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    I just had some rod bushings done for a 1938 Pontiac. I pressed them in, but brought them to an engine building shop to do the Burnishing and honing to the specified 0.0003 ish clearance. My understanding is if you don't burnish them in place the can walk themselves either out into the piston - or in and block the oil hole

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    Quote Originally Posted by 1yesca View Post
    most rod bushing bore are smooth aka true but there are some that are not like the 390 ford the bore on them look like they were bored with a dull cutter and the idea there is after pressing in the solid bronze thin wall bushing there is a roller that pushes / locks the bushing in to the bore there are some that skip that steep and then size / hone or bore the bushing only to have a wrist pin knock after the bushing sets in the bore and then there's the ones were the top is narrower the the bottom there lots of fun to install and honing ya right with the bottom a 1-1/4" and the top a 1/2" wide good luck that's were boring over honing comes in
    These bushings are an interference fit in the rod. I haven’t measured the ID of the new bushing, but it is basically a slip fit over the pin. Obviously it decreases when the bushing is pressed in, but if pressed in correctly, it should be close to being round and true. Not removing much material. I would think, (but stand to be corrected) that using the mill for lapping would be a reasonably accurate way of doing it compared to the Sunnen. Seems to me that hand bombing the rod back and forth on the Sunnen would leave more room for error? But I’ve never used a Sunnen hone other that just the rigid portable ones.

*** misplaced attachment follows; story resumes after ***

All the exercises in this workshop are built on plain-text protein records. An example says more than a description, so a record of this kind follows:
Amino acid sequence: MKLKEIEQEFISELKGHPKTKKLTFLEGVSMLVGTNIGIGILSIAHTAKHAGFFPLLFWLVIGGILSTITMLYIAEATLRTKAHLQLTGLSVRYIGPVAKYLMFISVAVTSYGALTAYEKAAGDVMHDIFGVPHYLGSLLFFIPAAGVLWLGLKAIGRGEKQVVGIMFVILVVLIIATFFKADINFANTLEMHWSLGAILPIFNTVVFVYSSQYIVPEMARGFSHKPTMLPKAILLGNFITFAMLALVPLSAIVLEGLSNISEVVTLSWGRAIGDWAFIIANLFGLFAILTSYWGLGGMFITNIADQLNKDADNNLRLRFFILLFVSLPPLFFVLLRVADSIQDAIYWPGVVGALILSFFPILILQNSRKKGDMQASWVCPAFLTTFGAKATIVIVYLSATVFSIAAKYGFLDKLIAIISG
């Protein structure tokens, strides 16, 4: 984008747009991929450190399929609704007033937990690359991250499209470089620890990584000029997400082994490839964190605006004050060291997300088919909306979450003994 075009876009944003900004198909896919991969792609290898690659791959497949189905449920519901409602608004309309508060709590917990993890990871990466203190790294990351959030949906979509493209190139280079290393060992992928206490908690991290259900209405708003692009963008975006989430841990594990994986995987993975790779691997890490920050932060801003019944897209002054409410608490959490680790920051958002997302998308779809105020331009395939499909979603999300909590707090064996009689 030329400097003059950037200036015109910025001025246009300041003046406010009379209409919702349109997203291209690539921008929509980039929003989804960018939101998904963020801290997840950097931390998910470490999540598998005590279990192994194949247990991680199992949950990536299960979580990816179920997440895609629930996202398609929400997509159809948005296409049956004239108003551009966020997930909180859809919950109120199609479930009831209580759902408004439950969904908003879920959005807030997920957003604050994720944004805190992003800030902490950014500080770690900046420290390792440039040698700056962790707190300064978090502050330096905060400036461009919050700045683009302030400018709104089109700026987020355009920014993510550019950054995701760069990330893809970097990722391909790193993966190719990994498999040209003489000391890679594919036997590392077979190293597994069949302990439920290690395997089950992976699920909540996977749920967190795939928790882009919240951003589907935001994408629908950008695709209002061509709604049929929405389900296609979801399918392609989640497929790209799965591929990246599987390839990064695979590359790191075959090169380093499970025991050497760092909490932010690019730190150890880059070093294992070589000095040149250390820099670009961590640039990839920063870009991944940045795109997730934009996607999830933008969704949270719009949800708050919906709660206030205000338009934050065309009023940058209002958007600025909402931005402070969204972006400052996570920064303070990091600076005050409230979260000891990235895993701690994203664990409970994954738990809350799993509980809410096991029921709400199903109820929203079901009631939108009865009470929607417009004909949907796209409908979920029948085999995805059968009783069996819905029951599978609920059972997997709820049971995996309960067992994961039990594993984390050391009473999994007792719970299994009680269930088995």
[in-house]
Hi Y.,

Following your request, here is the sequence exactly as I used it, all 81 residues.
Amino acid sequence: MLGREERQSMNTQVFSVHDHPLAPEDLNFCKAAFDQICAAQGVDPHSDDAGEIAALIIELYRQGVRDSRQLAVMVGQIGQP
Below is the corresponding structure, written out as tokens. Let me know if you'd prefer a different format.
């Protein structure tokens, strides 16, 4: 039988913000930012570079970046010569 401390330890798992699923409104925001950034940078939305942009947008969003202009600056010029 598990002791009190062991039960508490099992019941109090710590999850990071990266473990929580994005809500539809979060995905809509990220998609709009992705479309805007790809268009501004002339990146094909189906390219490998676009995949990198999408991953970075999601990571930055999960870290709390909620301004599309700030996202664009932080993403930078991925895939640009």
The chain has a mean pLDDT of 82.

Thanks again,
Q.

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    Quote Originally Posted by gregoryd View Post
    I just had some rod bushings done for a 1938 Pontiac. I pressed them in, but brought them to an engine building shop to do the Burnishing and honing to the specified 0.0003 ish clearance. My understanding is if you don't burnish them in place the can walk themselves either out into the piston - or in and block the oil hole
    I believe it depends on the application.. at least it’s not something that is normally done with these rods and haven’t heard of it being done on other rods from British motorcycles.
    I recall reading something about a burnishing attachment for the Sunnen hone, but search everywhere and couldn’t find any info on it.

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    Quote Originally Posted by Cyborg View Post
    These bushings are an interference fit in the rod. I haven’t measured the ID of the new bushing, but it is basically a slip fit over the pin. Obviously it decreases when the bushing is pressed in, but if pressed in correctly, it should be close to being round and true. Not removing much material. I would think, (but stand to be corrected) that using the mill for lapping would be a reasonably accurate way of doing it compared to the Sunnen. Seems to me that hand bombing the rod back and forth on the Sunnen would leave more room for error? But I’ve never used a Sunnen hone other that just the rigid portable ones.
    there is a sunnen hone that has a jig that holds the rod and power strokes it but it looks like you have the tools to do the job just need some info to find a starting point

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    There is a fellow here in town that used to own a large machine shop. He has done quite a few of these particular rods so, although I was trying to avoid it, Iíll pay him a visit and see what he has to say about honing, burnishing, and lapping. Interesting enough, he has a Sunnen hone, but when doing the big end roller bearings, he uses a lap. Actually itís a modified Harley lap that they use for the same purpose. There is a distinct possibility that asking him about using a barrel lap will just get me a swift kick in the nuts.